AD3d at 444). Cohen could have reasonably concluded that the
plaintiffs' failure to sue him within the applicable limitations period
meant that there they had no intent to sue him, and thus, that the
matter had been laid to rest (see Buran v [*3]Coupal, 87 NY2d at 181; Shapiro v Good Samaritan Regional Hosp. Med. Ctr., 42 AD3d at 444; see also Spaulding v Mount Vernon Hosp., 283 AD2d 634, 634-635).

CPLR § 4213 (b)

CPLR § 4213 Decision of the court

(b) Form of decision

Tulley v Nemet Motor, Inc., 2009 NYSlipOp 50526(U) (App. Term.,1st, 2009)

The trial court failed to comply with the specificity requirements of
CPLR 4213(b) in rendering judgment in plaintiff's favor without setting
forth its rationale or the facts essential to its determination.
Inasmuch as this case hinges in large measure upon issues of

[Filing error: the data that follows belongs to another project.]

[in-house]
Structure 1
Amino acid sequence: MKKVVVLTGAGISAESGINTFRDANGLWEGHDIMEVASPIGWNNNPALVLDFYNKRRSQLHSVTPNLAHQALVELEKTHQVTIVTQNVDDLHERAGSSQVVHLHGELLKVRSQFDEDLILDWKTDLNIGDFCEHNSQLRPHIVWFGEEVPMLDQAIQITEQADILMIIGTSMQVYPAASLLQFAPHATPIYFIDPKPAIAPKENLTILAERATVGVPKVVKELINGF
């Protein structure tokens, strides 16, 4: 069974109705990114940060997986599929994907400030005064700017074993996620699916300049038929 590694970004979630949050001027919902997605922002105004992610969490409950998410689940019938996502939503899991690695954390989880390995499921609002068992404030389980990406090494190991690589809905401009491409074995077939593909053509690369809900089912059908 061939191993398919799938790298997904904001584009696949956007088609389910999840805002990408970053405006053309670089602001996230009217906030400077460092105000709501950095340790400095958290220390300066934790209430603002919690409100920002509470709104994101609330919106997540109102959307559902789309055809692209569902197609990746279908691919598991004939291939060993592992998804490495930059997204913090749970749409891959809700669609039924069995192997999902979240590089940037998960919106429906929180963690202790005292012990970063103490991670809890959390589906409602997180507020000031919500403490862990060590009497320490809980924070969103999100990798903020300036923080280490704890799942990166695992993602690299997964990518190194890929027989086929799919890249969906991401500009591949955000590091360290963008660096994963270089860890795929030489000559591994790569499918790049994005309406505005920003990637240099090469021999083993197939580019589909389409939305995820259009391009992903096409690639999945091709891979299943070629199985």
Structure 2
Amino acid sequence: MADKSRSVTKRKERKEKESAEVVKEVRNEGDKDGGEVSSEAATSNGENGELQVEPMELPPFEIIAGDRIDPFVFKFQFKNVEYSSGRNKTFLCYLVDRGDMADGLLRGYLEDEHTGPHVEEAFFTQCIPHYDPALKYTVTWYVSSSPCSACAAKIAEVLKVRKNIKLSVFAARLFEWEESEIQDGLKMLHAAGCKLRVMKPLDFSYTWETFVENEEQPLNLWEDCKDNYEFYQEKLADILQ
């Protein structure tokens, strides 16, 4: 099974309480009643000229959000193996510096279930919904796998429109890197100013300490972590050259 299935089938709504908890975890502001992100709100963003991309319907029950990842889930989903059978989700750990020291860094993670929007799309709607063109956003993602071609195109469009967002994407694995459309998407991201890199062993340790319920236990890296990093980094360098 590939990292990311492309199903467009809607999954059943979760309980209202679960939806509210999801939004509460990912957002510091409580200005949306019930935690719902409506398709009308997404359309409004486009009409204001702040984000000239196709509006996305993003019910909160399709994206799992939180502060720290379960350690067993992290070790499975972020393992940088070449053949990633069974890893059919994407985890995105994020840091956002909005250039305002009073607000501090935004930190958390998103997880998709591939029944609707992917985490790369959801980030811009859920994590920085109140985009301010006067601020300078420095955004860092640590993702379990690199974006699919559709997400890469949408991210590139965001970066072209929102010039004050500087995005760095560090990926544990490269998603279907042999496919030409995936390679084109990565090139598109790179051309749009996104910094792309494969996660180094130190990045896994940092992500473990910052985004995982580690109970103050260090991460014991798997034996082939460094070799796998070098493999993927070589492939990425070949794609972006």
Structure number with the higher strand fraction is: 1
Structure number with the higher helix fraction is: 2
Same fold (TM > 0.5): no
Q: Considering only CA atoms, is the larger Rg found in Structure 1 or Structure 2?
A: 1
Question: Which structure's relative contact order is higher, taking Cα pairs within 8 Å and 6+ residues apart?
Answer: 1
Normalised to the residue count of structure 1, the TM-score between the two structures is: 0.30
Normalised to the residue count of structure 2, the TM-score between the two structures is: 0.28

credibility, and since it is unclear whether the trial court applied
the proper statutory burdens of proof (see General Business Law § 198-b); Jandreau v LaVigne, 170 AD2d 861 [1991]), a remand for a new trial is the appropriate remedy (see Weckstein v Breitbart, 111 AD2d 6 [1985]).


Brantley v Municipal Credit Union, 2009 NY Slip Op 02256 (App. Div., 1st, 2009)

Respondent never argued before the motion court that petitioner
lacked standing to assert his own claims; it argued only that he lacked
standing to make claims with regard to certain persons who were not
named parties in this proceeding. Having failed to argue in either an
answer or a pre-answer motion to dismiss that petitioner lacked
standing to assert his own claims, respondent waived that defense (see e.g. Dougherty v City of Rye, 63 NY2d 989, 991-992 [1984]; Security Pac. Natl. Bank v Evans, 31 AD3d 278 [2006], appeal dismissed 8 NY3d 837 [2007]).

Similarly, respondent failed to argue that mandamus did not lie